After a very quiet February, the autograph show circuit picks up a bit in March with the White Plains sports card show as the major event.
If I lived a bit closer (and had some money that I could afford to spend), I’d love to go – there are some “fresh” autograph guests that haven’t done shows in the area recently, if at all, and I’ve heard good things about the card show aspect.
If money really was no object, I’d also take advantage of Joe Torre‘s appearance at the Steiner Sports store this week to obtain his autograph for my All-Time Mets collection.
Reality says that I should be happy to be able to buy the basic 2014 Topps Heritage Mets team set once the cards come out, but here’s the information on those upcoming events in case you’ve got more money available for discretionary spending than I do.
White Plains “March Madness Show”
JP’s Sports & Rock Solid Promotions will hold its bi-monthly sports card show at the Westchester County Center in White Plains, N.Y. on March 21st-23rd. Admission is $8 per day, with kids under 12 admitted free.
Five members of the 1969 World Series Champion New York Mets team are scheduled to attend and sign autographs on Sunday, March 23rd: Ed Kranepool, Jerry Grote, Art Shamsky, Ron Taylor and Jim Gosger. Kranepool and Grote will cost $15 per signature; the others will cost $20 each.
Other notable guests for the weekend include future Hall of Famer Mariano Rivera ($299), 1987 NL Rookie of the Year Benito Santiago ($25), 1978 NL Rookie of the Year Bob Horner (1 free autograph with paid admission Sunday), and 4-time AL All-Star Ruben Sierra (1 free autograph with paid admission Saturday)
Continuing to look at some of the signed baseball cards I added to my New York Mets autograph collection last year, today we have Frank Catalanotto and Choo-Choo Coleman.
Frank Catalanotto, a Long Island native who began his professional career in 1992 with the Detroit Tigers organization, spent parts of 14 seasons in the major leagues between 1997 and 2010. He appeared in 1,265 games and recorded 1,113 hits while playing for five different teams.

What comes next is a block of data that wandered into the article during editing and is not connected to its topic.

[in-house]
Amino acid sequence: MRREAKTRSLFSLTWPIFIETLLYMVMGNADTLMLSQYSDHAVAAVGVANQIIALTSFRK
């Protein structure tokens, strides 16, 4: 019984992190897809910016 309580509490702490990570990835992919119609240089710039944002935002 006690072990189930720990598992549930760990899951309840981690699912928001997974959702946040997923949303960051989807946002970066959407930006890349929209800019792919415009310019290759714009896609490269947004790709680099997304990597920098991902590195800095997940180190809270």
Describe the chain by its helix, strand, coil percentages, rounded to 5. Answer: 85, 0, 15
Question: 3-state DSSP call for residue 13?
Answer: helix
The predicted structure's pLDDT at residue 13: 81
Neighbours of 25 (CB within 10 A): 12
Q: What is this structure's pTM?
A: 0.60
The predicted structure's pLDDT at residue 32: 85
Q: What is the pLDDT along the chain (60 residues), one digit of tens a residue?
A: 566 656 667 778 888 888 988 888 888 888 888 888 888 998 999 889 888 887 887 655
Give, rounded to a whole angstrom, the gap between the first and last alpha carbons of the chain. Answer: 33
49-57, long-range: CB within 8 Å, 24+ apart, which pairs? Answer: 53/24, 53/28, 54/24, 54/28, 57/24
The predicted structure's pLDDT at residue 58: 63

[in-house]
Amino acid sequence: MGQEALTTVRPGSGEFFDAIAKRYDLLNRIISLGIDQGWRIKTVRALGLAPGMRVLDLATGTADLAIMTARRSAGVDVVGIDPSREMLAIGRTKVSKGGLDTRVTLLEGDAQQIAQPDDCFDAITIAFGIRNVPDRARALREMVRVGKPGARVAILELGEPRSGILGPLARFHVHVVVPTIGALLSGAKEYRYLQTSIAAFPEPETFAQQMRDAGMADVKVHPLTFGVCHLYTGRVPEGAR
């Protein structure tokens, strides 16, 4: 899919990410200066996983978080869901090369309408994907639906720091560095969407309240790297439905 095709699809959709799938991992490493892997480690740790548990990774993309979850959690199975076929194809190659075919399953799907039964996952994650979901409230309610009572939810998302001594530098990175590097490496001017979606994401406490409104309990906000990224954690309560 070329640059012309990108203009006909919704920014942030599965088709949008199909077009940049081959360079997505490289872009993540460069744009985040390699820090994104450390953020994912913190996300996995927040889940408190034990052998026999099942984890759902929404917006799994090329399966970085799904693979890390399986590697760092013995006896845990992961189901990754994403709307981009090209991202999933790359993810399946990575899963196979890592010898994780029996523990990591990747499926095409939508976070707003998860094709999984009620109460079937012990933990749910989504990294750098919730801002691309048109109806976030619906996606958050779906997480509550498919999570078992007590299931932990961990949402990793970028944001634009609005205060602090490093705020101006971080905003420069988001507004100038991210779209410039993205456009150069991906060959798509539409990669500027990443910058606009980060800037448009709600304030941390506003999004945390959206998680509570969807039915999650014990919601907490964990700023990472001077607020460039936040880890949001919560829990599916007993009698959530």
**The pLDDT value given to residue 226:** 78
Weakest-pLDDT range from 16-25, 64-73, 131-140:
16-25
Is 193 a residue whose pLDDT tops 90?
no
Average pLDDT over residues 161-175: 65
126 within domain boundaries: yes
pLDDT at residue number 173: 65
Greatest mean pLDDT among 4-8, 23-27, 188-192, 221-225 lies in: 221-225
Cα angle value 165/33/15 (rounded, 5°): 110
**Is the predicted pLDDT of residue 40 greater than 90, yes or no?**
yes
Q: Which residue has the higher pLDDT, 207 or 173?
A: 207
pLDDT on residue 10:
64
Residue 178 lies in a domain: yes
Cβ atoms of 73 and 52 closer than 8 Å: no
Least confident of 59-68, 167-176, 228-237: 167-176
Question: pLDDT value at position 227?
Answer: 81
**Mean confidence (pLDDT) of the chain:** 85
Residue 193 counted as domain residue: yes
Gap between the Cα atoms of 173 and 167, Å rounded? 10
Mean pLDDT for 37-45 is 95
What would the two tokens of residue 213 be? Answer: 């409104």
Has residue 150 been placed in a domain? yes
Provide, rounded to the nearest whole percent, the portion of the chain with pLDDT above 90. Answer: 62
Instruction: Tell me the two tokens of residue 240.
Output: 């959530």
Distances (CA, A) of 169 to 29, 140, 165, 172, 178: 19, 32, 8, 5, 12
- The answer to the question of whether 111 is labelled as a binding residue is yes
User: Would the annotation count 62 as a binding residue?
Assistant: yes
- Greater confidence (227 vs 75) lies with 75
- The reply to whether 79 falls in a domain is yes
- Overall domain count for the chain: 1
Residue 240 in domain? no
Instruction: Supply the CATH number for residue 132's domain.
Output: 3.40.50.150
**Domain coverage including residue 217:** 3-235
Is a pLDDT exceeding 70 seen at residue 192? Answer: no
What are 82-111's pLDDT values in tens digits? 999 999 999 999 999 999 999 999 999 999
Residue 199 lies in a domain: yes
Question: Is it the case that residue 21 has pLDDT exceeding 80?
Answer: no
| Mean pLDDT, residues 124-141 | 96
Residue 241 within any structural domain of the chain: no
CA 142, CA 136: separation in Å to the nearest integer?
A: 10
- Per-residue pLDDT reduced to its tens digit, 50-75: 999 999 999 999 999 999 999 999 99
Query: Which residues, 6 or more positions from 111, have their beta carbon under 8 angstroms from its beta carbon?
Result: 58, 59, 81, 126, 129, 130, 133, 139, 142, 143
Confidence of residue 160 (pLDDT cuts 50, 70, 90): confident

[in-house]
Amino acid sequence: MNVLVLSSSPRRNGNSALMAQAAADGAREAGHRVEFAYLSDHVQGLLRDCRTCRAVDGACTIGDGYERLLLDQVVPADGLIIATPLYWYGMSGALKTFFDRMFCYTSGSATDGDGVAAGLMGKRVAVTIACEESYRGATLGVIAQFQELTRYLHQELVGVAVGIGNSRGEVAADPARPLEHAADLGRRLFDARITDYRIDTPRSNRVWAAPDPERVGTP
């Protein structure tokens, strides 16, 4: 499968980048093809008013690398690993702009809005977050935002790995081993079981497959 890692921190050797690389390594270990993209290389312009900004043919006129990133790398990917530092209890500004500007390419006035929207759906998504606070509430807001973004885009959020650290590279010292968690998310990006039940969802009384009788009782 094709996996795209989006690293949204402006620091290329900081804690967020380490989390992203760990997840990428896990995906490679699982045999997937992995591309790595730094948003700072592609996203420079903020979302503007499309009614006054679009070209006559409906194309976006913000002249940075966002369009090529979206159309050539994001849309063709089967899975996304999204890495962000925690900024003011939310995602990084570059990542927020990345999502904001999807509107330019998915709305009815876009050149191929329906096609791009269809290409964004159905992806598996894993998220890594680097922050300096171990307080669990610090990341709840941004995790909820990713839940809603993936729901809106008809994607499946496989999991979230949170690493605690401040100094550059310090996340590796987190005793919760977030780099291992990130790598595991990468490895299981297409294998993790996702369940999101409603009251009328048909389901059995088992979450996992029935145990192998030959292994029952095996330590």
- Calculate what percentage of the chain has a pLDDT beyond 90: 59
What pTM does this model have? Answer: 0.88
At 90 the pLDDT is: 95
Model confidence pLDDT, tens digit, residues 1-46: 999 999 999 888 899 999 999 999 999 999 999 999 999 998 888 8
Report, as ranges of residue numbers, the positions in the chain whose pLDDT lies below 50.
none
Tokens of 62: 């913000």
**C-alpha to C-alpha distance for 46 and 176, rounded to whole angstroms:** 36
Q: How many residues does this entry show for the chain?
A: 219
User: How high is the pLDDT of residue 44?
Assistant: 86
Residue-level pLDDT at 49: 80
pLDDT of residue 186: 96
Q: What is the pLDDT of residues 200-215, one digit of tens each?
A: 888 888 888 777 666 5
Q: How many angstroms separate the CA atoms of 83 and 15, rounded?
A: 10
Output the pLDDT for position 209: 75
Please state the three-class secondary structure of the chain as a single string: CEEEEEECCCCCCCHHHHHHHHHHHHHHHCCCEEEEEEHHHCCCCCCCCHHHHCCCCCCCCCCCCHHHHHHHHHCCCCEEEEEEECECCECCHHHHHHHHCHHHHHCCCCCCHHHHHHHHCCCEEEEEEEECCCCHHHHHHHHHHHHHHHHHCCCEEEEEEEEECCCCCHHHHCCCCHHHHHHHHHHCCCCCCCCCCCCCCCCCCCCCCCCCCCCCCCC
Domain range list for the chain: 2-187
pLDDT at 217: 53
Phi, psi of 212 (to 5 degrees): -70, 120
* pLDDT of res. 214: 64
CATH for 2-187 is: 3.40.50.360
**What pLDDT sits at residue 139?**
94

The Mets signed Catalanotto as a 36-year-old veteran just weeks before spring training began in 2010 with the hope that he could provide a veteran presence off the bench. It didn’t work out too well – Catalanotto went 4-for-25 working almost exclusively as a pinch hitter and was released before Memorial Day.
Because of his short time in New York, Catalanotto does not appear on any baseball cards as a New York Met. I bought my Signature Rookies Old Judge autographed insert card for $1 from a dealer at a local baseball card show.
Choo-Choo Coleman was an original Met, selected with the 28th pick in the 1961 expansion draft. He played in a handful of games for the Philadelphia Phillies in 1961, but the majority of Coleman’s major league experience came with the Mets, where he played from 1962-66.
Like many early Mets, Coleman was not an especially gifted ballplayer – his career batting average is .197 and he hit just nine home runs in 201 games. But he was a character. The most famous story is one recounted about an interview with Mets broadcaster Ralph Kiner:
“What’s your wife’s name, and what’s she like?” Kiner asked. According to the story, Coleman replied, “Her name is Mrs. Coleman — and she likes me, bub.”
Coleman denied the story to New York Times writer George Vecsey last year, though Kiner stood by it.
I got my 1964 Topps baseball card signed through a private signing session last year.
Original Mets catcher Choo Choo Coleman returned to New York for the first time in decades this weekend to attend a pair of autograph signing events and he will be a guest at Tuesday’s Baseball Assistance Team dinner in Manhattan on Tuesday.
Nick Diunte caught up with Coleman for an interview, in which the 76-year-old former baseball player reveals the origin of his nickname, his baseball career and what he’s been up to since leaving the game. While this interview isn’t nearly as entertaining as Coleman’s oft-quoted responses to Ralph Kiner on an early “Kiner’s Korner,” they are far more enlightening.